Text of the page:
Creativity Found: finding creativity later in life

Anupa Roper – Miss Sparrowlegs tells a story of differences and acceptance

February 27, 2022 Anupa Roper Episode 41
Creativity Found: finding creativity later in life
Anupa Roper – Miss Sparrowlegs tells a story of differences and acceptance
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Show Notes Transcript

Anupa Roper has always been on the smaller side, and from a young age experienced shaming just for being a skinny person. ⁠
While grown-up Anupa was busy being a teacher and raising a family, she knew she wanted to help young people to NOT feel bad about their bodies. ⁠
Writing Sparrowlegs was not how she initially envisaged doing that, but as we hear all the time on this podcast, the path is rarely straight and clear. ⁠
In this episode we find out how Anupa found her voice and about her continuing work with words and positive body image for young people.⁠
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Music: Day Trips by Ketsa
Undercover / Ketsa
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Artworks: Emily Portnoi

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Claire Waite Brown:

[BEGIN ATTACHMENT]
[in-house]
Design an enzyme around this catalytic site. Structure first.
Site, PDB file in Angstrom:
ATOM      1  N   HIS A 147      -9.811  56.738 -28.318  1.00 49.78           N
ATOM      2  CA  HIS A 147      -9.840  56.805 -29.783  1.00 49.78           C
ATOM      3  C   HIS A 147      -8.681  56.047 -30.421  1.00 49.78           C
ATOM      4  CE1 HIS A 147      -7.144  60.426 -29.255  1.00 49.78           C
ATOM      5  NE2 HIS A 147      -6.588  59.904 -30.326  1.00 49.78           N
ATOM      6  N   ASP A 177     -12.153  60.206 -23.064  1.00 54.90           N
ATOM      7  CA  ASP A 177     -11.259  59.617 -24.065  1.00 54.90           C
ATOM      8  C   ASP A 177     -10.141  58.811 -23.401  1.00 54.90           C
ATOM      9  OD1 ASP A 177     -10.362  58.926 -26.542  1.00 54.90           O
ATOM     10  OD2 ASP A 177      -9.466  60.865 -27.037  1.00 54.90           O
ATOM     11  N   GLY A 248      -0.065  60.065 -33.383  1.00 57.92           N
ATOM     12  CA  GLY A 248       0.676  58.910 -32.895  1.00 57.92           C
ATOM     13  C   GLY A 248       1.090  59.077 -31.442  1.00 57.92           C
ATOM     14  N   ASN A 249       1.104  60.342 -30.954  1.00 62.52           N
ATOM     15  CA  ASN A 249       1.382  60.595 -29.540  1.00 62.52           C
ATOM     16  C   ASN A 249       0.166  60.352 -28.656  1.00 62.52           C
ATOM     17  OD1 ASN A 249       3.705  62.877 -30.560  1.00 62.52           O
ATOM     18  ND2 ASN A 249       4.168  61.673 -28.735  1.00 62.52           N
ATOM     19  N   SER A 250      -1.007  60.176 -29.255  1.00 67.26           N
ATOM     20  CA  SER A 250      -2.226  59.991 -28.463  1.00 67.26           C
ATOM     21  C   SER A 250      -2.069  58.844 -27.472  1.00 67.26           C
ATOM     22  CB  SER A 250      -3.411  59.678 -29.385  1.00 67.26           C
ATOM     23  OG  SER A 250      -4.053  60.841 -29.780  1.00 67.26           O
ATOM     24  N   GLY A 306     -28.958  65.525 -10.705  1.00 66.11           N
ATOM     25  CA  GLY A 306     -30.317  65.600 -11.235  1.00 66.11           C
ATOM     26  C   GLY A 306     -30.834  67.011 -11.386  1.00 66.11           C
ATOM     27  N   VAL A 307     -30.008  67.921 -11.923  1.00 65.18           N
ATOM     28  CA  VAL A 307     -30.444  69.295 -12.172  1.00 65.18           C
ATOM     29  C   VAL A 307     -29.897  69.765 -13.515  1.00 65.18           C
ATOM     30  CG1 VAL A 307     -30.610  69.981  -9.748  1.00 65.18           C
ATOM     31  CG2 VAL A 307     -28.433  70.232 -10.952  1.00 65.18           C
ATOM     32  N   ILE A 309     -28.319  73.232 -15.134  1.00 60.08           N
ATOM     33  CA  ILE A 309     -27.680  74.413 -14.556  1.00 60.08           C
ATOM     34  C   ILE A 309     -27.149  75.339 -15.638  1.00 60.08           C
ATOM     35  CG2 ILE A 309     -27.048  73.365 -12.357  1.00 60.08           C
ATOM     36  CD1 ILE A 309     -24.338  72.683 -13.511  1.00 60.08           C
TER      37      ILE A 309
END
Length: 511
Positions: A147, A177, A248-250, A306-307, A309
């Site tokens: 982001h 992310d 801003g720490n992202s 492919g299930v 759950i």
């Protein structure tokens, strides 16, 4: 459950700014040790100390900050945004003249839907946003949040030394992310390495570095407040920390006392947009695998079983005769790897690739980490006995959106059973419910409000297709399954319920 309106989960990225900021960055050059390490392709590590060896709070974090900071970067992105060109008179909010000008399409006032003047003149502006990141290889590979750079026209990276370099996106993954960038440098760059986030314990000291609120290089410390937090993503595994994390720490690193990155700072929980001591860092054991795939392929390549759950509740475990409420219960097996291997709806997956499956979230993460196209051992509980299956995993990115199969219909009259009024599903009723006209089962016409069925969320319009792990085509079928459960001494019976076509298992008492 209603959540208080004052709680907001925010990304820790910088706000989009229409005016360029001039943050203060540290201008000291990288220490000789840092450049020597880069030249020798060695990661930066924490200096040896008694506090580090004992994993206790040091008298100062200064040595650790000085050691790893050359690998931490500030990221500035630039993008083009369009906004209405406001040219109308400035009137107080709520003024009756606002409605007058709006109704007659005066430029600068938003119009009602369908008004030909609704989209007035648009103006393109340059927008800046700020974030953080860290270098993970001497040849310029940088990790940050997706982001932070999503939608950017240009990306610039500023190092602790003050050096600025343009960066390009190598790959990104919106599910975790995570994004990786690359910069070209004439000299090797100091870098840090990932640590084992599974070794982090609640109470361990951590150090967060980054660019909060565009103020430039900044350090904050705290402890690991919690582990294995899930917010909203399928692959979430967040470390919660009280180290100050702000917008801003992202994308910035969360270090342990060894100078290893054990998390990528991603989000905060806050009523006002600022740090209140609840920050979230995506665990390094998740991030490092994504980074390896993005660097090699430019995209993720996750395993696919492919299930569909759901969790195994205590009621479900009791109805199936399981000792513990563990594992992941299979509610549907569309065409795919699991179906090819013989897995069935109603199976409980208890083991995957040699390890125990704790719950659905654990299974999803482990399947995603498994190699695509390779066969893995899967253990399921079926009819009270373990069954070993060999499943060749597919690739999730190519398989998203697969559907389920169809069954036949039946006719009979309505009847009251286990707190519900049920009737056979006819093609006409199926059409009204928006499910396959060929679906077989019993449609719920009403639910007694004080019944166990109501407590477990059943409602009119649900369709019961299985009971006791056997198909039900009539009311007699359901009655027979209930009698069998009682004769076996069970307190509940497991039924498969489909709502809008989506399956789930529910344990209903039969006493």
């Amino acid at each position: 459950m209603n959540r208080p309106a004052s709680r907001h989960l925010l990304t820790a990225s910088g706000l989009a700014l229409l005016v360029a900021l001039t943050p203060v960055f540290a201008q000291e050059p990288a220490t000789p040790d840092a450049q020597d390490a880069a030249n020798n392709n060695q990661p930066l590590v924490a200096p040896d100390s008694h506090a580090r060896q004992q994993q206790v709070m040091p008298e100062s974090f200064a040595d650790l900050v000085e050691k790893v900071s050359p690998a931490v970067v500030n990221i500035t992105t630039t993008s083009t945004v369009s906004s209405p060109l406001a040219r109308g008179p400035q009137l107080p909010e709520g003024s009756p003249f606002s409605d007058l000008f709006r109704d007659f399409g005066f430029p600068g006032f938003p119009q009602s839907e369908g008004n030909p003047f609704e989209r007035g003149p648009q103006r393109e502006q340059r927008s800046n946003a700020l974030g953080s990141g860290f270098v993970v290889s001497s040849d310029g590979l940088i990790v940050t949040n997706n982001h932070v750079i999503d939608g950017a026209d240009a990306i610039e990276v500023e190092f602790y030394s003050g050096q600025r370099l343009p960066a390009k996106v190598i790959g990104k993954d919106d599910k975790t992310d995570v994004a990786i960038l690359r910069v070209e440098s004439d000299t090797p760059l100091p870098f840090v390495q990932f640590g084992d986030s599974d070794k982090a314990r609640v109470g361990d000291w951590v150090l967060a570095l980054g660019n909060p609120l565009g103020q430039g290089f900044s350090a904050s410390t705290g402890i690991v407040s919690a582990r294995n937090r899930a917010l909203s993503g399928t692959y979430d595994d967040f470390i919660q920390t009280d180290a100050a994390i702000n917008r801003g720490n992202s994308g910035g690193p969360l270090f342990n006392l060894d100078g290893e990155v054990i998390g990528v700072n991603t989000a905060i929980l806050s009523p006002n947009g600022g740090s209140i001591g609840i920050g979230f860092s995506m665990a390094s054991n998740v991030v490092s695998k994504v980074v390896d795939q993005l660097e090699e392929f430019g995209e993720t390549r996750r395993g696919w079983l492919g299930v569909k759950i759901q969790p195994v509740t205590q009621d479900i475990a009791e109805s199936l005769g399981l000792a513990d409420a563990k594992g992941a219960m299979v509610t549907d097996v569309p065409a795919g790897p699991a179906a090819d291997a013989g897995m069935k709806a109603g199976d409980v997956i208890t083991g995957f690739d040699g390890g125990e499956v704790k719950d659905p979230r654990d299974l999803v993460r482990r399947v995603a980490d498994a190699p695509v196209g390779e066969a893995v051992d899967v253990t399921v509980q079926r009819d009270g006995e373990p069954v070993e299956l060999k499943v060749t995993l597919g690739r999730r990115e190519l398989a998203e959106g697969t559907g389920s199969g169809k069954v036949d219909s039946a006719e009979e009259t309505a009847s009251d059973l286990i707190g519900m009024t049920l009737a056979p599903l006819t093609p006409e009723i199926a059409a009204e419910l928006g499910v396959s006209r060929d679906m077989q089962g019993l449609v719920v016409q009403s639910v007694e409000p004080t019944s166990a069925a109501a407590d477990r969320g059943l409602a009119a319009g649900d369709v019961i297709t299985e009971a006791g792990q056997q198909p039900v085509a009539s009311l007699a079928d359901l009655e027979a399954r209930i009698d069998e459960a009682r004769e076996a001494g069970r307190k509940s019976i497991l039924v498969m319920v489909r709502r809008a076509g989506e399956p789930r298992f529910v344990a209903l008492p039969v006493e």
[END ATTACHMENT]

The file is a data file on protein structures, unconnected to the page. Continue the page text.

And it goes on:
Today's guest is a Anupa Roper, who has found a way to use her creative flair to communicate an important message and recall her own lived experience. Hi, Anupa. Hi, Claire, it's lovely to speak to you at last. And you. So your newly embraced creativity is a combination of subject matter and method of getting that across. Tell me how you have started to express yourself. So yeah, I was a primary school teacher for 17 years, and life has pretty much been pretty standard, you know, go to school, go to college, go to university, get a job as a teacher. And then you know, the C word hit like it did for a lot of people and reevaluating, and all of that. And so I wanted to share about my story really have my body image issues. And I guess I don't know, the instant thought was, the best way of doing that is to write about it and share my thoughts in words. Brilliant. What role did creativity play in your life as a youngster? So when I was younger, I don't think it was part of ever, I never saw it as part of my bigger life in terms of career or what I would do when I was older. As children do, you know, I used to love to doodle and to colour and to pain and all of these things and play some musical instruments at school. But it was never, I never really thought about it as the main part of my life. When I was growing up, it was always little hobbies that you did, but never really the real thing that you did. as I've grown older, I reflect now on being a youngster and realise that all of these things were part of my, you know, who I am as a person and I am a really creative person. And I see that now that I see it in my daughter that actually that doodling you know, on every piece of paper that I could find was something that was inbuilt in me and not something that was just a side hobby, but something that really existed. Was it encouraged in the household at school? No, I don't think it was really I never really felt like it was encouraged at school and at home. It wasn't discouraged. But it wasn't something that was really spoken about. And my parents were born over in East Africa, their parents were born in India. And so the culture was very much you know, not outspoken. But just the sort of culture that you felt around you was very much that successful careers where being a doctor or working in medicine or going into mathematics or being a lawyer, all the things that kind of suck the creativity out of you, I guess, did the did the academic subjects suit you at school? I think they did suit me I was very academic. And I think you know, I did really love I love doing maths and not so much English which is funny because that's quite creative. And obviously that's what I do now the writing and everything but I did definitely lean towards sort of sciences and maths. And as I got older I guess I chose some subjects that could be argued to be creative, a bit of psychology and sociology and so more sort of thinking rather than academic but yeah, I would say they did suit me and I didn't think that it was out of place to be doing those subjects. I definitely didn't feel that I was forced to be Doing those subjects, but there was just always this other creative side. Did you continue with those subjects? And did you go to further education? So at university, I did psychology and sociology. And then I went on to be a teacher. So I did my teaching qualification, you know, when I was teaching, I guess, but you know, lots of the subjects that I enjoyed, were more of the creative subjects. So doing the art with the children, reading with the children, teaching them about writing, teaching musics much more. So then, like maths and science, which I would have thought I would enjoy more immediately after university. Now I know that you were made redundant at the tender age of 23. And that was before you came to teaching. So what work had you been doing immediately after university, I went to a recruitment agency, actually, just to ask about jobs, because you know, having done psychology and sociology isn't jobs that are immediately available, you have to be looking and find the right thing for you. So I went to a recruitment agency, and they said, Actually, we've got a job in house, you can come and work with us doing some recruitment. And I thought, You know what, while I'm waiting, let's go and do that. And then a friend of mine worked for a big bank in Nottingham, and they were sort of opening their HR department. And I knew that I had this recruitment experience, I went there and worked in their recruitment department, it wasn't fulfilling, you know, it wasn't something that I really wanted to do. My heart wasn't in it was a job, I was earning money. And I feel like it was a bit of a blessing that I got made redundant at 23. So I had a choice really, then whether I, you know, set her down, got a house maybe bought something of value, or, you know, change my career. What I did do is I went and travelled around Australia for a year and did a little bit of work out there. So it kind of gave me time to reflect really, which is really nice at that age, because you can get carried away and just carry on doing doing the do and not really thinking about what you want to do. So I remember being on the plane on the way home after that year and thinking, what is it that I really want to do? And the two things that sort of sprang to mind because I'm a people person was either teaching or going into counselling, and I went down the teaching route. I think I've always loved working with children. But I also thought if I go into counselling, and then I ever have struggles myself, would I be able to cope with it? I think you'd have to be really careful. You know, and if you're working in, you know, something like counselling, I think you have to really be aware that when you have struggles that is going to come into it. I mean, it could have been either it really could have been either, but I think I just Yeah, I think I just thought you know what teaching, I would love to work with children. So that's that was the pool that took me there really brilliant. I think that's a very sensible way of thinking about it actually thinking about your future. So you said at the beginning, you were a teacher for 17 years, did writing fit into your life at this time. Not so much my personal writing, obviously, as a teacher, you're continuously teaching children to write and going through the process. And at the beginning of my career, I was working more with the younger years. So year one and two. So it's more about, you know, letter formation and phonics and all of that sort of stuff. But as when I went back after I'd had my children back into teaching, I actually was then placed in year five, and six. And what I really noticed was, it was lovely to have that creative side and write stories and really use our imagination. And there were times where we wrote stories together. But there was times where I had to model writing a story. And so and I realised how much I enjoyed doing that. So it didn't play a part in terms of my personal story, but it did play a part in terms of realising I enjoyed that process of writing. Okay, that's really interesting. So then when did you begin working on your own story and your own subject matter? Yeah, so that was just all by chance, really. So again, like I was teaching up until you know, the pandemic began. And then I wasn't able to teach anymore, because I was a cover teacher going from class to class, and in the back of my mind, so I'm 43 now, and probably from very late 30s, I kind of thought, I'd love to speak about my story of being on you know, the smaller side being a skinny person, the shaming that I received, and maybe things that people wouldn't understand, you know, the names that you get called and the way that it's different from maybe living in a larger body. So I had that in the back of my mind over those last few years. And then when the pandemic struck, I thought perfect opportunity to start sharing my story, but I wasn't quite ready to, you know, write a big book about it, and I thought the best way to do it would do something on social media. So I set up an Instagram account and started to write about my story, but it obviously it's quite brief on Instagram. Um, you know, you can have a slight amount of coffee, but it's not a huge amount. So I also realised that I'm good at writing, you know, without having a big head. But people used to say, oh, you know, oh, your posts are really good. And the way that you're writing is really well written. And I noticed how quickly I would sort of write something and then edited straightaway in my mind, and I knew that it didn't quite sound right, and how to make it sound right, with a bit of grammar and punctuation. And maybe that's the teaching side, maybe it's just my love of writing. But that's how the story of my personal story started. And then I was given a couple of opportunities. So the first opportunity for writing, I was kind of in a big group of, you know, mums in business, really, I joined a group on Facebook, and it was just about having that support around if I want to continue this work. And at that point, I had no idea that I wouldn't go back to teaching. But if I want to carry on doing this work, I might need people to help me to maybe build an audience on Instagram, or maybe better to set up a Facebook group or whatever it was that I wanted to do. And then yeah, somebody asked for ladies who wanted to write stories that were showcasing resilience really through life. So things that people had overcome, and the way that they overcome it. And I thought, perfect. This isn't me writing a book, which was quite scary to put your own name out there. This is a book full of stories of all sorts of women, and so a little bit more hidden, you know, to start with. And so yeah, just I jumped at the chance to write about my own story. And that was lovely, because it wasn't really long, I think it was about 3000 words, the perfect amount to tell my story, the perfect amount to showcase my writing style, very, very cathartic, because it was my story, and the things that the experiences that I've had growing up, and I just loved it, I just really, really loved that whole process. Yeah, that's, that's a really good point about the support. So you're in a book with other other people who are writing as well. And that you were able to write about something that you'd been that had been playing on your mind that was your subject matter. But your book that is out currently, is a children's book, isn't it? So how did that come about? In the back of my mind, originally, it was probably going to be the diary of a skinny girl or something like that, you know, it was going to be my experiences growing up, I guess the thing is, you have to feel creativity is inspired, you know, and it's about taking inspired action. And at that time, I wasn't necessarily inspired to write a big long novel or a big long story. But what I knew is that I could use my writing to support the young, I could use my writing to put something out there. That will mean that the young don't have to grow up the way I did feeling bad about their bodies. And I thought, how can I do that then, and I happen to be speaking to somebody about going into schools and talking about body image and supporting children. And I said, One day, I might write a children's book. And this person that I was speaking to said, just write it, write it now, you know. And so, one day I sat down, I sent my husband out with the kids. I said, oh, we'll just go for a little walk because I want to just have a look at writing this book. Not thinking that it would get done that day, but just that it would I might spark ideas. What kind of book do I want? Do I want it for younger children? Older children? How's it going to work? How am I going to send this message? And literally, honestly, Claire, I sat down for about 45 minutes, and the book was out. That was it. It was on paper, it never changed. I haven't edited it in any way really apart from the odd bit of punctuation. But it was simple because it was a story of me. And it is a rhyming story. And it's for under sevens. So you know, it's a short book, but it just kind of sends a message straight away. That's what I decided is that, instead of writing a book that was to teach adults or to let them know about my story, I thought what would be more impactful is to use my creativity to support the young first, brilliant creativity. is the place to go to find workshops, courses, supplies, kits and books to help you get creative. So if you're looking for your own creativity found experience, go have a browse to see what's on offer so far. And if you can help adults to find their new creative passion, please get in touch on social media, or through the contact details on the website. That all sounds fabulous, and the writing is coming fairly easily to you. It's a personal story. It's coming out from the inside out. How do you feel then about other people reading it? And why did you feel it was important to get it out there? And were you concerned when it did go out there? Did you have anxieties Yeah, I mean, I think everybody does, don't they, I mean, you know, you're using your creativity, it's very personal. You've written something that you love, but you don't know if other people are gonna love it or receive it the right way. And so I was really, really nervous. But on the other hand, I think what I also built, aside from this creativity is this huge passion and drive to support the young. And like I say, it took me many years to realise that I had been affected by words that had been said to me throw away comments, the way that people had treated me on the basis of that my appearance, my body size, and I thought this cannot happen. I can't let this happen to my children, and to other people's children. And so I guess that driver, the passion to make that difference was bigger than my level of anxiety. And so, obviously, on release day, it was like, what are people going to say, you know, and I was scared about this book arriving on their doorsteps, and they open it, and what if they think it's awful? Or? Or what if they think she's not a great writer, you know, I think more to do with not so much my story, because by then, I had already shared my story. So that part wasn't so much of a worry. The bit that was a worry is, you know, Am I really a writer? Am I going to stand up and say, I'm an author? I do say, Yes, I'm a children's author. But it took a few months, actually, after I even wrote my book, I kept saying things like, oh, it's only a short book. It's only a children's book. It's not really about the book. It's not really about the writing. It's more about the message. But why is it not about the writing? It's my writing, you know, I have to own it. Lots of people say that about calling themselves a writer, or an artist or yeah, really having that understanding and being able to own it, like you say, But it's strange, isn't it? Because if you're a doctor, you say, I'm a doctor, I'm a lawyer. I'm a solicitor, why can you not say I'm an author or a writer is what you do? It's what? Yeah, I think it's a judgement factor, isn't it? If you're judging yourself, tell me about the illustrations for Sparrow legs. A friend of mine was helping or had helped me to do my logo, which was just, you know, basic logo for my Instagram. I said to him, Well, you've got this, you know, design agency, can you just not be a political logo, you know, I'm out of work. I've got money. So I just reached out to a friend. And then he happened to have interviewed two graduates recently qualified from a university doing like art and design or illustration. And so he said, Do you want me to pass you their details or let you know their Instagram account. So I said, Okay, then. So I looked at both of their Instagram. And Becky, who has illustrated my book straight away, her work just really completely resonated with me, and I thought, I have to have this girl illustrate my book. And the wonderful thing is, like I said, so many things sort of piece together. So when I spoke to her, the way I talk about body image is also the link with mental health. And that obviously, the way that we think about ourselves and the way that we look, the way that people perceive us, obviously has an effect on our mental health. And when I spoke to Becky, she also said to me, you know, that she had struggled with her mental health, not necessarily to do with body image, but you know, finding that connection. And she was a girl who was a graduate very young, so different to me, you know, a different time of life. So it was nice also to connect with somebody that was, was in a different part of their life, but it could still resonate with the story I was telling. And she completely understood the story, and was on board with the, you know, the message that I was trying to send. And so she did a little drawing a sparrow initially and sent that to me. And that was it, then it was like, yeah, definitely, let's go and illustrate this book. You've written your character. And often authors will say, when their books are made into films, for example, it can be difficult to imagine that visually and the same when people read books, they may imagine the visual to be different, but you obviously really liked what Becky did with Sparrow. Yeah, because she also uses like, the traditional technique of watercolours. So she all the pictures were done in watercolour, and then obviously uploaded rather than just using computers, which I know a lot of people do now. And that's fine. But for me, I also am that's the thing so much, like I said, resonated with me, because I'm such a traditionalist as well, like, even as a teacher took me a long while to get used to those smartboards. I mean, give me a whiteboard any day. It took me a while to get into that technology. But yeah, because I was so traditional at heart. I love the fact that she was using a traditional technique and that that would be where our book came from. So yeah, it was lovely. It all just fell into place. And I love I just love the look of it. And you know, there's always things you could have done differently and there's always going to be things that you look at and go oh, we could have improved that a little bit or because it was such a quick process and something I was so new to, lots of artists will say they could keep going and go and go. And they can see things that they think need improvements. But that really don't. You've mentioned that you stopped working as a teacher now. And I know that you're continuing to use your writing to help spread the word about perception of the body, and you briefly touched on language used around body image as well. How does that look for you on a daily basis now? And what are you planning for the future? It's really strange, actually. Because I feel like I'm busier than ever, I know, you know, that feeling, I feel like I'm busier than ever, but in a way, not doing much, you know, it doesn't look like much on the surface. But there's lots going on, and eventually come out. So I did say to you, you know that I have written the second book, but at the moment, there's been things going on in the background. So I've built sort of a little website. And my first aim is just to get a little course out there. I think, for parents, carers, teachers, just a basic body image course, because what I'd like to do is support the adults first around the children just about to go somewhere to reach out for a little bit of support. And again, that's really me being creative, you know, in writing my course and thinking about how that will appeal and what answers people want. So that's the first step, this second book, in my, in my wildest dreams, I'm just hoping that somewhere, somehow I can get published, because what I'd really love is a set of books and an education pack. But I think, you know, there's nothing wrong with self publishing at all. But again, I'm quite traditional, I would love to go down the traditional route, I would love for it to be a bit more widespread. Because the thing is, we're self publishing, you can only sort of market so far, even if you reach out to every branch possible. And everybody tells all their friends and their friends and their friends, it isn't as well marketed maybe as the big publishing companies. So I'm putting it out there, someone's gonna be listening today, Claire, you know, someone like nosy crow Penguin, they're gonna be listening, and they're gonna go, That's the girl we want her. So I think that's going to be my focus is just reaching out trying to do lots of things. And I think for me, it's not about an end journey, I decided to leave teaching, because I want to focus all of my energy on the work that I'm doing now. But there isn't necessarily an end journey. It's about just spreading the word becoming visible, you know, saying what I want to say, and it feels great, it feels brilliant, just putting my words out there and saying, Well, this is my beliefs would the world be wonderful if the next generations know that, you know, being unique is fine, being different to other people, I sit here we've both got I've got a little bit less curly hair. It hasn't been done very well today. But you've got your curly hair, you know, and it's red, and I've got dark hair, and you're not wearing glasses, and I'm wearing glasses and, and yet somehow in this society, we've got this vision of this one view of beauty. And there isn't one view of how to look the right way. And so my message is what I want to spread and whatever way I can do that I will continue to. Yeah, good on you. It's amazing that that message still needs to be spread in this day and age with such a focus on other elements of uniqueness. But I completely understand, as you've mentioned, the language of it, and that your friends didn't necessarily realise that language they were using was hurtful to you. So that would be really super to be able to get that out there. You spoke at the big beginning about maybe historical, cultural, slight prejudices towards creativity as opposed to academia? How do you think that has changed for the next generation? And does your own experience influence how you might advise or encourage your children now? Absolutely. I think the world is ever changing, isn't it? And also in all sorts of different ways. In fact, before I answer that question, I will just say, you know, like with body image, there have been changes, but there just needs to be more changes. And it just needs to be quicker. And like, you know, like you doing these interviews or talking about creativity, even now, there probably is a bit of stigma attached to those creative subjects or those creative careers compared to those more traditional careers. So tight things are moving slowly, but like with everything, it takes people time because we're stuck in this, you know, this mindset that this is the right way and this is how it should be or has been, but for me, definitely, it's changing my children. My daughter in particular, is so musical is so artistically talented is so creative, and I never say anything to her about you know what subjects you should be doing or what she might want to do in the future. I can see a change happening in my personal household for definitely Things are completely different. And I can see that my children will make their own choices. And if that's creative, it's creative. If it's academic, it's academic. And if it's something in between, then you know, that's fine, too. Brilliant. Thank you so much. And Luca, how can people connect with you. So I do have a website, but B kind is just starting. So it's not got everything on there, but it's spiral If you want to find me on Instagram, I miss berry legs, if you want to find me on Facebook, I've got a group, which is no surprise, it's called spiral legs. And the group on Facebook is a lovely community of parents, carers and teachers where we all talk about different subjects and I share articles that are relevant and just a space where we can all learn together because another thing that I do want to say is, all of the work that I'm doing is out of my own lived experiences. I'm not, you know, I've not been trained in body image, but I have a passion and that's what makes my mission really. So all of the work that I do is from my lived experiences, but I think that we're all always on a journey anyway, you know, even if we have done a million courses on a certain topic. We're all on a journey together. And I think that we're all moving forward in our learning. That's fabulous. Thank you so much. That's fine. Thank you, Claire for having me. I've loved talking to you today. You're welcome. Creativity found isn't openstage Arts production. If you're listening on Apple podcasts, please subscribe, rate and review. If you would like to contribute to future episodes, visit K O hyphen F found podcast. If you contact any of the artists featured sign up to their workshops, or buy their products don't forget to mention creativity found podcast on Instagram or Facebook. Follow at creativity found podcast where you'll find photos of our contributors artwork and be kept abreast of everything we're up to